The Hermit mentions Hardy's Two on a Tower a few sentences further on. My memory is that this novel was open to objections as to silliness and yet I enjoyed it. The tower is where the hero has gone for use of his telescope. Lovecraft's interest in amateur astronomy will be well known to Eldritch Dark folk.*
But amateur astronomy was also an interest of the Tolkien family's. According to Scull and Hammond (The J. R. R. Tolkien Companion and Guide: Reader's Guide, first edition, p. 877),

---Priscilla Tolkien [JRRT's daughter] once wrote that her father had a general interest in astronomy,

-------as he did in a vast number of subjects, and he encouraged my brothers and myself to be interested in various ways: my brother Christopher [editor of JRRT's posthumous writings] had a telescope, and I was given a book when I was a child called The Starry Heavens [by Ellison Hawks, 1933] which was an admirably simple introduction to the subject....My brother and I looked at the stars through the telescope and learnt their names and the constellations. My father also talked to us about eclipses of the sun and moon and about the planets and their satellites.------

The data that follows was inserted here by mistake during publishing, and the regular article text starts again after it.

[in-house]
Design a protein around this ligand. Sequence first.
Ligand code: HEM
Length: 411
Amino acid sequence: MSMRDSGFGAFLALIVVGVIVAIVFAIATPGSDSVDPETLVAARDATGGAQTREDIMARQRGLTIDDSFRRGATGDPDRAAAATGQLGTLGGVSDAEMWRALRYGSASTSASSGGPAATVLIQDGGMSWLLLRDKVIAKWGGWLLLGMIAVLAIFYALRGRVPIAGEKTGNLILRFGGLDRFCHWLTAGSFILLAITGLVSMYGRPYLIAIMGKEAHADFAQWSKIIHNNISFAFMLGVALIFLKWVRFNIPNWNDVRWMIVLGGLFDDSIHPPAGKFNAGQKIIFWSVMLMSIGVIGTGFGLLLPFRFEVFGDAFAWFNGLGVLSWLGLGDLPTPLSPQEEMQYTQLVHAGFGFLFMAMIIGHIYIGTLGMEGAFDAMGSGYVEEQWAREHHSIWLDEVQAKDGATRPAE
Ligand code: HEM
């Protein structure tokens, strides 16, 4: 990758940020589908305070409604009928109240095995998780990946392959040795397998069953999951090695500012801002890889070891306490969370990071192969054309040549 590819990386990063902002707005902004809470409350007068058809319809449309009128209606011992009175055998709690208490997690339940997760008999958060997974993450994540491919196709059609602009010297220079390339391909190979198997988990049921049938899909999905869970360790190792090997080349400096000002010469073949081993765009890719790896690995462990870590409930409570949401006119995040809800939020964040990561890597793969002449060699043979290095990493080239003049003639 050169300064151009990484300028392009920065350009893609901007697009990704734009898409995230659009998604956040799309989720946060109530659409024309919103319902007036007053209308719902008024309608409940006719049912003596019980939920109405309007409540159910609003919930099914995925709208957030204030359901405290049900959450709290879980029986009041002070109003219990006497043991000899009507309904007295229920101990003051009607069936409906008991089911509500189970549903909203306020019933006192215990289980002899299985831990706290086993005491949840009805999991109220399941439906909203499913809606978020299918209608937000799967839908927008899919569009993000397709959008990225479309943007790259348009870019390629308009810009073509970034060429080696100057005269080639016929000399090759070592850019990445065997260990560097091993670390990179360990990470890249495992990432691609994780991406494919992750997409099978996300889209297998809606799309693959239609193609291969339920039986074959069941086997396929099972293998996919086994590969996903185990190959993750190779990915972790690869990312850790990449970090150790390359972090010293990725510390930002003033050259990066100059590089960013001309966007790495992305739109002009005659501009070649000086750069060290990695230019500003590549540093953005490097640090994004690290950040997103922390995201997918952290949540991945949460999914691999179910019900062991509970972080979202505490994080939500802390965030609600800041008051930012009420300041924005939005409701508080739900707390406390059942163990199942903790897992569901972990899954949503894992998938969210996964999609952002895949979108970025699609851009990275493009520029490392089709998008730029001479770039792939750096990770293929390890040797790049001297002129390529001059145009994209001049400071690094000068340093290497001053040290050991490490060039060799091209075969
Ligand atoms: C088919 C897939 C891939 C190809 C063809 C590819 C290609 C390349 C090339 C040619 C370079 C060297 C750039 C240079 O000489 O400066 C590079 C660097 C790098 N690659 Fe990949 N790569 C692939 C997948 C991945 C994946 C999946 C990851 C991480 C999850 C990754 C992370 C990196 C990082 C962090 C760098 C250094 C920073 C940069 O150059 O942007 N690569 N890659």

I'd like to link that passage from Priscilla Tolkien with the passage above from Coleridge's autobiographical letter.


*Here's a photo of what's said to be a telescope of HPL's.

[www.flickr.com]

And here is a piece with passages by Lovecraft on visiting the Ladd Observatory, etc.

[tentaclii.wordpress.com]



Edited 3 time(s). Last edit at 4 Oct 19 | 04:14PM by Dale Nelson.